How Forests Can Be a Bigger Part of the Answer to Climate Change
How Forests Can Be a Bigger Part of the Answer to Climate Change
By RP Siegel / greenbiz.com
Sep 30, 2015

Usually when we talk about climate change and what we can do to mitigate its impacts, we talk about ways to cut back carbon emissions through alternatives, policy actions or efficiency measures. We usually don’t think about the role that forests play in this equation.

The fact is, forests absorb much of the carbon that our cars, homes and power plants emit — about a third of it, actually. That means that if we had three times as much forest as we do today, which, of course, we did not that long ago, we wouldn’t have that big of a problem keeping our climate the way it’s been for a long time.

Of course, forests take a long time to grow and we don’t exactly have millions of acres sitting around, doing nothing, that we can turn into forests. If anything, things are going the other way. Forests are continuously being turned into farmland to feed the growing population. The point is to recognize the important role that forests do play in this unfolding tale of our battle against time in the face of a climate that is becoming unstable.

The relationship is a complicated one, but it’s important that people understand it. Because of the vast amounts of carbon stored in forests, that means that all that carbon is slowly released when a forest is cut down, or very quickly released when a forest burns down.  

One study found that deforestation was responsible for 8 percent of the world’s carbon emissions. Another interaction to consider is that climate change is posing a significant threat to forests through warmer temperatures, droughts and northward migration of insect pests, emboldened by the warmer temperatures.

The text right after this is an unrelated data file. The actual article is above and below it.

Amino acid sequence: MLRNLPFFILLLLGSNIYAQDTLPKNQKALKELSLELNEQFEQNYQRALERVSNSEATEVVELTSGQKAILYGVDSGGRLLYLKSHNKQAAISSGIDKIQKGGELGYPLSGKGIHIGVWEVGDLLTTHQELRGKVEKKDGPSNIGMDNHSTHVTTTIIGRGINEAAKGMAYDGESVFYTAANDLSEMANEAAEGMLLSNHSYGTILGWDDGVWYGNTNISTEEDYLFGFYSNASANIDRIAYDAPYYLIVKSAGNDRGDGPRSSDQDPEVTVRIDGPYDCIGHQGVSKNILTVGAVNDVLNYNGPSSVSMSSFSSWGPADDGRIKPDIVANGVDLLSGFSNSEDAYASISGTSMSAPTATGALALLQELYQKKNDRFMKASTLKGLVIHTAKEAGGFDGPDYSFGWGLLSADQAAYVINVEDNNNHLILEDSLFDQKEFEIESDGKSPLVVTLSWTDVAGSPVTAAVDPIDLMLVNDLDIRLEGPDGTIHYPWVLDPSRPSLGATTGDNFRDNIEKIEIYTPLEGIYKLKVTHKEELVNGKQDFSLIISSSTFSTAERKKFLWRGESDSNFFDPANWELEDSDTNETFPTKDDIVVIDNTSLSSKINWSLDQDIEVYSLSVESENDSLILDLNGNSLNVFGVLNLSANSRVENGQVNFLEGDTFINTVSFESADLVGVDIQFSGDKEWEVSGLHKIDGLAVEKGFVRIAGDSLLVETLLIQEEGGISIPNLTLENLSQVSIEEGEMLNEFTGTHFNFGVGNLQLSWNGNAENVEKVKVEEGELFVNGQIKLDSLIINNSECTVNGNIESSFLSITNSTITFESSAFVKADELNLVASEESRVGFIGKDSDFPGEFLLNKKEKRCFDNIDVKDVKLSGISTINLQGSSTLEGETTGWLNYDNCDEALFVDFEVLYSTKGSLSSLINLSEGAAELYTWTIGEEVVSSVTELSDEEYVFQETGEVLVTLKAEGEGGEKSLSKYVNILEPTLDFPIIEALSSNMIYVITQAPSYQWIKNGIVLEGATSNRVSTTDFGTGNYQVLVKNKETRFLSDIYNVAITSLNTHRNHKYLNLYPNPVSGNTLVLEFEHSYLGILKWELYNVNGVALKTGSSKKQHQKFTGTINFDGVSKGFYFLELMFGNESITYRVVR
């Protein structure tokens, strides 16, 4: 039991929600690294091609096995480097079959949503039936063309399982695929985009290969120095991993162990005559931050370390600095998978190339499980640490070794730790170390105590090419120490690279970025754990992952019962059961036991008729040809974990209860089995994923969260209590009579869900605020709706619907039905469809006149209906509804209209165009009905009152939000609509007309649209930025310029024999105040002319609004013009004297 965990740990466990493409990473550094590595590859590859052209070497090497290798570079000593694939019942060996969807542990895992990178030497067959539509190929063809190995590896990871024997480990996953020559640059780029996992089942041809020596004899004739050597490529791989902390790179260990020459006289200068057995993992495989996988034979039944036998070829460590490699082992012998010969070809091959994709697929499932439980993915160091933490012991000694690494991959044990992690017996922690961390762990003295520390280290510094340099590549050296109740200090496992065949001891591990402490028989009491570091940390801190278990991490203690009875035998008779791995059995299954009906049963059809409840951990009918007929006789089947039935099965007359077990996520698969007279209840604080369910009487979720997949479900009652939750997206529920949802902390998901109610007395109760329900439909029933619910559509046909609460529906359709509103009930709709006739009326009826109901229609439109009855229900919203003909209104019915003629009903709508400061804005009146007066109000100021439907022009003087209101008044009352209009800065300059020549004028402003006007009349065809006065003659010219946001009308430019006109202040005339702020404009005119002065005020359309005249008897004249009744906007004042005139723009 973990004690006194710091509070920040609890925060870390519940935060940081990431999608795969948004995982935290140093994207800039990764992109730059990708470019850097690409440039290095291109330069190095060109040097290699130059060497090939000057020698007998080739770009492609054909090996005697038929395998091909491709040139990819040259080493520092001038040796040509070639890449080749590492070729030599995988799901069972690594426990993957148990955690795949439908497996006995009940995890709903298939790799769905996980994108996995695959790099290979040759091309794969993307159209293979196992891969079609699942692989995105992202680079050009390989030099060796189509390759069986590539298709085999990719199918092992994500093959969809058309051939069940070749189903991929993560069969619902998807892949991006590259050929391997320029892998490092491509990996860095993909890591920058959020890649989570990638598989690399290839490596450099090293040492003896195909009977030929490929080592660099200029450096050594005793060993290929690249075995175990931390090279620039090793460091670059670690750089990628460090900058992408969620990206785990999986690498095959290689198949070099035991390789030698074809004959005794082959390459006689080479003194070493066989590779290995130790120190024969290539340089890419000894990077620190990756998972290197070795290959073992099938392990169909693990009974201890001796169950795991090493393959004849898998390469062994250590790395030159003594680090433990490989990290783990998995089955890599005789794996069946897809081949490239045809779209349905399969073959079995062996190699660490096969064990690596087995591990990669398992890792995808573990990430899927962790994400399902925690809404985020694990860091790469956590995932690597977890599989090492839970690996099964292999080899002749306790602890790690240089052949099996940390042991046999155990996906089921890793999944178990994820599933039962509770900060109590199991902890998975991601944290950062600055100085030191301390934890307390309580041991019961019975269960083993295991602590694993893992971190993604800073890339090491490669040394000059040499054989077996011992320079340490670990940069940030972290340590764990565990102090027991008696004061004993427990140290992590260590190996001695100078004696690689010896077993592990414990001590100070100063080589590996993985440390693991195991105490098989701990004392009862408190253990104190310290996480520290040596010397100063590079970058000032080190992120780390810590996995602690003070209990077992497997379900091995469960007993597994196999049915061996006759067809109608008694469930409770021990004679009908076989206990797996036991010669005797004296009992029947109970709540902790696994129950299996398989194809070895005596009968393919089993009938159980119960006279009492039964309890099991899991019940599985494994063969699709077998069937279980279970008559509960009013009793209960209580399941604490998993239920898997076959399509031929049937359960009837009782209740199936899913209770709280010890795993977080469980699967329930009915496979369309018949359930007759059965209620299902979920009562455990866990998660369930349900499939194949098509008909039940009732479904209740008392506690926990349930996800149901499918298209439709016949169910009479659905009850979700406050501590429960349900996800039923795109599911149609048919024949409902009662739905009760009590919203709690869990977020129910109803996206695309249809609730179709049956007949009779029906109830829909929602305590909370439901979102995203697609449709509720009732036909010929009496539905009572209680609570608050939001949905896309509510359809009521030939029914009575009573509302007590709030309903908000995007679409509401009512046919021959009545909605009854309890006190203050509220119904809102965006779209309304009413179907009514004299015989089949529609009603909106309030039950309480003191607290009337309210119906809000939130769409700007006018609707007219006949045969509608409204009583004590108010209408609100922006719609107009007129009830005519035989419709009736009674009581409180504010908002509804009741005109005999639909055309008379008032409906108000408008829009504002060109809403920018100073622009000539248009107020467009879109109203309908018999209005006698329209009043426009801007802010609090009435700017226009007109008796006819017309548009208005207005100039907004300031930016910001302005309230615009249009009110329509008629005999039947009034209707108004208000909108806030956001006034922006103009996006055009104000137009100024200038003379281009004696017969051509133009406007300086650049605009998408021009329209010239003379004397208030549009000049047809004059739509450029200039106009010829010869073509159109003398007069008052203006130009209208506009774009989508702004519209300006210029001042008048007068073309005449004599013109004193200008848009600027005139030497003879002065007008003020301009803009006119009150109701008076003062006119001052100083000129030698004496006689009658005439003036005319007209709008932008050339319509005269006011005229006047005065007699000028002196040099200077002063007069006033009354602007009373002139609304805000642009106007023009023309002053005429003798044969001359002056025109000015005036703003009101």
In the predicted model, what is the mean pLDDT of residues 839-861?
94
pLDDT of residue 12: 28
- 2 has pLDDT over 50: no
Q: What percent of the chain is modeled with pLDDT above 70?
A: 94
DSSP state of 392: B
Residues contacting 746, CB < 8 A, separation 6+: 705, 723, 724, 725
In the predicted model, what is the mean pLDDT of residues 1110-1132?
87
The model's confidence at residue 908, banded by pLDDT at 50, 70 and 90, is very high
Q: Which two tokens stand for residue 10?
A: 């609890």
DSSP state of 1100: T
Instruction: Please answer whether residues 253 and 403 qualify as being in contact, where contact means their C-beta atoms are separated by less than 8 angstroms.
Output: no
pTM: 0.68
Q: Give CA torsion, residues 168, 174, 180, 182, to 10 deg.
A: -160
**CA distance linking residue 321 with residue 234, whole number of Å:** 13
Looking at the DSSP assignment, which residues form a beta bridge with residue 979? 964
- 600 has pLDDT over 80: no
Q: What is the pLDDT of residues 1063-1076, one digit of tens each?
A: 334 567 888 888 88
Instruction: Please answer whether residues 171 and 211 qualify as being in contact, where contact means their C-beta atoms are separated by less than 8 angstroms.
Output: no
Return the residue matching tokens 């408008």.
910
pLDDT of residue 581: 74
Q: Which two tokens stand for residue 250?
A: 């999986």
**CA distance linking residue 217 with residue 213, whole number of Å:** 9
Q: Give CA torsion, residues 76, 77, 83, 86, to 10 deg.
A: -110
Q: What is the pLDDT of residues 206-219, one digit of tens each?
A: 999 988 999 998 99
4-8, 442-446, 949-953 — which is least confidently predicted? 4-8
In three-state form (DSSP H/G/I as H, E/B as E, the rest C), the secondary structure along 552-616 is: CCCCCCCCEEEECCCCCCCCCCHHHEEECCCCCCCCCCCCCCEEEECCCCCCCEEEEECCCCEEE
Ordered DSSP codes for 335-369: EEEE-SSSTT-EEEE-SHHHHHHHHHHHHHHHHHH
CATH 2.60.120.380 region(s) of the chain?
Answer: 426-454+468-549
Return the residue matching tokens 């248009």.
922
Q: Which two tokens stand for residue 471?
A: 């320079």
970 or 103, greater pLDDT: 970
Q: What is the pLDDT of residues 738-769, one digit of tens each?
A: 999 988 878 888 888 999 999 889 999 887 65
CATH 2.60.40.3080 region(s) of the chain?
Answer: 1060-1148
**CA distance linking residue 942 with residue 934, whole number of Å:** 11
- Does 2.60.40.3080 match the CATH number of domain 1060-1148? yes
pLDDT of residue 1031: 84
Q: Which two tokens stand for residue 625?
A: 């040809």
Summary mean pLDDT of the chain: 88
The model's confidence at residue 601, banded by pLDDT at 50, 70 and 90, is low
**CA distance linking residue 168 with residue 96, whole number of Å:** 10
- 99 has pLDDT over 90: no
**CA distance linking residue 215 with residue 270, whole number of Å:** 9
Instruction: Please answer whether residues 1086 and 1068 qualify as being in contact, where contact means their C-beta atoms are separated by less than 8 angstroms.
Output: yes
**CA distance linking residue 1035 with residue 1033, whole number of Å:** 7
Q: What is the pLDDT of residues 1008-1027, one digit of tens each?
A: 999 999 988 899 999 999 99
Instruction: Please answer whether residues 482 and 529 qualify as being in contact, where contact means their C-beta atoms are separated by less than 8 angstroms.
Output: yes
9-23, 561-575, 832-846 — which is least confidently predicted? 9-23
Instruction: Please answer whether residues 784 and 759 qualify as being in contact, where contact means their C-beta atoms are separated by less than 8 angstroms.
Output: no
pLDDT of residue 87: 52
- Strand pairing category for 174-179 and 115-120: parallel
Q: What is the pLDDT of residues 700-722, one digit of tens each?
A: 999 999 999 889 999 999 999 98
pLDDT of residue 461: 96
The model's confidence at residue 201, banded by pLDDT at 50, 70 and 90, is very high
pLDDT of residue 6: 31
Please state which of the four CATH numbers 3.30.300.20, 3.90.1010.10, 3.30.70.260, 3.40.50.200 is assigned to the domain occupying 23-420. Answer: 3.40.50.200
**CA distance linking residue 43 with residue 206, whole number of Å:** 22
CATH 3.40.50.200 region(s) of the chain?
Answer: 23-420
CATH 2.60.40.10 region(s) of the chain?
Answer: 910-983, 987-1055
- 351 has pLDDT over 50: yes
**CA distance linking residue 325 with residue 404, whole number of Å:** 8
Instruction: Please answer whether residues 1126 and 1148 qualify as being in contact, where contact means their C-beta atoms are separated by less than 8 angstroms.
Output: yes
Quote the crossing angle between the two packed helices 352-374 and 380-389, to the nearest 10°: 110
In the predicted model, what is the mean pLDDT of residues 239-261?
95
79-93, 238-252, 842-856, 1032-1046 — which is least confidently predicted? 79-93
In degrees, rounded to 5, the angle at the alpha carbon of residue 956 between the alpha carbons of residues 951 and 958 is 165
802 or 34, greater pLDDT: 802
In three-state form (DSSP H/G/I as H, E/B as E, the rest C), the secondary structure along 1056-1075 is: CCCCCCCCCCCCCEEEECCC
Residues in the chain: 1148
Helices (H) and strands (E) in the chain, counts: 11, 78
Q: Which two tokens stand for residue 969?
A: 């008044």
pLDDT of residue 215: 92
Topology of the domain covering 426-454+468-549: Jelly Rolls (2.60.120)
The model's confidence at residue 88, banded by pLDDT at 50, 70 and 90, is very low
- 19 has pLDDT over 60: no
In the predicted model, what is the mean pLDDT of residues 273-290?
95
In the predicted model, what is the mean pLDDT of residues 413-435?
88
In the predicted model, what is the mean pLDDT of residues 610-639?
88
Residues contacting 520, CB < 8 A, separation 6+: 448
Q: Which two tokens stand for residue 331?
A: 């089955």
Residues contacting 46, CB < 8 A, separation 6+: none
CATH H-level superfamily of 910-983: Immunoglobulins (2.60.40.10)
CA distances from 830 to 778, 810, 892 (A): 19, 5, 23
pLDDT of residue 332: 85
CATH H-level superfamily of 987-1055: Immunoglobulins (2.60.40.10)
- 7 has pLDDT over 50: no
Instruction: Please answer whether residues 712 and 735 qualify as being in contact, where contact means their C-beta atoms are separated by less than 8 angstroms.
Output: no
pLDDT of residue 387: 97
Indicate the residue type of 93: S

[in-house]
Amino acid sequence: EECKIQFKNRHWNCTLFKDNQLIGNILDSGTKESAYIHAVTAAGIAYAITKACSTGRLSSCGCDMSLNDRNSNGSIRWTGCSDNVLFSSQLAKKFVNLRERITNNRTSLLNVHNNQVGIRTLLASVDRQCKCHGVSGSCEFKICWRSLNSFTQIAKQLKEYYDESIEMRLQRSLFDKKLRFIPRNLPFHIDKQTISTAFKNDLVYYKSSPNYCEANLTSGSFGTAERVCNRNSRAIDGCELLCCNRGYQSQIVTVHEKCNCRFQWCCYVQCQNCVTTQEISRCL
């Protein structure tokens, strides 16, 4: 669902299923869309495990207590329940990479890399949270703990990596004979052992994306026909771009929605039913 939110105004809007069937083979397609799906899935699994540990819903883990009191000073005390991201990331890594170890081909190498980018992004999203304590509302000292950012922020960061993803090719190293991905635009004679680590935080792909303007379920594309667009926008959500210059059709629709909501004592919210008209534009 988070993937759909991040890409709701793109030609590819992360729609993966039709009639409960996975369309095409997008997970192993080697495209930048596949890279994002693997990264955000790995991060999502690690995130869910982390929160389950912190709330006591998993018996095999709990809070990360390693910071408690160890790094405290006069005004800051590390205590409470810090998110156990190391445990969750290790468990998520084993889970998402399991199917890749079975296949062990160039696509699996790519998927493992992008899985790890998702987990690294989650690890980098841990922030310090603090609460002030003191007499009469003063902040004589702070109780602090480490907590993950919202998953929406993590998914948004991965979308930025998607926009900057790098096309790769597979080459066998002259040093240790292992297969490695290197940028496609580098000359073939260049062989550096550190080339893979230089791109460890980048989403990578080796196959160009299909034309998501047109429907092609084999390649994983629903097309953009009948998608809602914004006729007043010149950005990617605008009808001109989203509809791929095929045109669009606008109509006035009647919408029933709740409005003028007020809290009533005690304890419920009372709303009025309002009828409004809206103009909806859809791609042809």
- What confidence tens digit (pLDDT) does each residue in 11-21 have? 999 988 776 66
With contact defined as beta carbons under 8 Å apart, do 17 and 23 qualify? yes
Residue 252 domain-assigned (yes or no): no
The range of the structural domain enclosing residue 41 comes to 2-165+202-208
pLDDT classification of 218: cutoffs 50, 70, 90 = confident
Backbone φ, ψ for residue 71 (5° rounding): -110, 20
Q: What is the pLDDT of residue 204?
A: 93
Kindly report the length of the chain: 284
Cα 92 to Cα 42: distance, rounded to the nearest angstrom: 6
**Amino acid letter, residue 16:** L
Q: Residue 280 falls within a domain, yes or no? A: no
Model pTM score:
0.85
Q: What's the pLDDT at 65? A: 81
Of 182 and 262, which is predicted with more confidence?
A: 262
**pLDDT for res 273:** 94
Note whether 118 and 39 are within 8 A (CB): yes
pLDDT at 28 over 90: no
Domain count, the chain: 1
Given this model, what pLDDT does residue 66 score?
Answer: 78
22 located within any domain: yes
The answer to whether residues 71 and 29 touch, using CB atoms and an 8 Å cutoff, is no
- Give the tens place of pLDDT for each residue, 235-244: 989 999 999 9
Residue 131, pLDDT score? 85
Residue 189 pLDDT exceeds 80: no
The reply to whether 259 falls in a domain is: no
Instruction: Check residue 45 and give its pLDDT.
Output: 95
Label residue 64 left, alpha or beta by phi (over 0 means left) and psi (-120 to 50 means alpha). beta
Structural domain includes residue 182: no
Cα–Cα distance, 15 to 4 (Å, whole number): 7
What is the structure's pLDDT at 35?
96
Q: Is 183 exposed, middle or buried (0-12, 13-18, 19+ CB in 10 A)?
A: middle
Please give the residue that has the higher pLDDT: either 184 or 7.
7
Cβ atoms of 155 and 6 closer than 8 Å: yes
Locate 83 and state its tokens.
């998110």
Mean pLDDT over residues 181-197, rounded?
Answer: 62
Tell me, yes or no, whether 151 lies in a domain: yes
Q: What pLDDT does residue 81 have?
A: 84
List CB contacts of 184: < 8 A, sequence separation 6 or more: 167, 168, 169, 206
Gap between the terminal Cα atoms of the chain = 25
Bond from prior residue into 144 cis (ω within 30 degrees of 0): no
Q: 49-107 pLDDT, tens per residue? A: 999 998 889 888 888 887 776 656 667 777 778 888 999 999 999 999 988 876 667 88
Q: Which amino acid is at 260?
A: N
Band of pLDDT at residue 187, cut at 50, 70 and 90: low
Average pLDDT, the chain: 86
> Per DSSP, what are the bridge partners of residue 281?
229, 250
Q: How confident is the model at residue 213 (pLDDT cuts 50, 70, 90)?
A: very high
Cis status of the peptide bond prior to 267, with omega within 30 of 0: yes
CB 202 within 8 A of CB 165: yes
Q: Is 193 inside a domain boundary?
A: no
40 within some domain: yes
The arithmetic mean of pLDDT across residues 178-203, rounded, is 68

A recent report in the New York Times described a threat to the aspen trees of the American west, brought on by climate change-induced drought. Drought also can increase the likelihood of forest fires.

Recognizing the critical role of forests and their need for our protection, the U.N. Climate Summit, last year in New York, pledged to halt deforestation by 2030. Given the vast amount of commercial activity involving the exploitation of forests, that really sounds like a green optimist’s dream. Yet doing so would save somewhere between 4.5 billion and 8.8 billion metric tons from reaching the atmosphere. How much is that? It is essentially equivalent to taking all the world’s cars off the road.

Talk is cheap, but what is actually being done? Several European countries, notably the U.K., Germany and Norway, have pledged roughly $1.1 billion to pay to other countries to reduce deforestation. A number of companies also made pledges, including Kellogg’s, Marks & Spencer, Barclays and Nestle.

Even more impressive, perhaps, are those companies whose livelihoods have depended on the exploitation of forest resources. Among these are palm oil giant Cargill and Asia Pulp and Paper (APP), whose interests in forests is self-explanatory.

APP announced a Forest Conservation Policy last year which included a Sustainability Roadmap 2020. The company suspended all forest clearance activities while it performed an assessment of its properties to determine which areas deserved High Conservation Status and will remain protected.

The company further committed to protect forested peatland, to respect the rights of indigenous peoples and to follow responsible forest management practices throughout its supply chain. Likewise, Wilmar International, the world’s largest palm oil producer, pledged a full moratorium on all forest and peat land clearance.

These are positive steps, varied and widespread as they might be, in dealing with a complex global challenge.

So when you’re walking in the woods the summer, cooling off from the excesses of summer sun, keep in mind the vital role these trees will play in our future.

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How Forests Can Be a Bigger Part of the Answer to Climate Change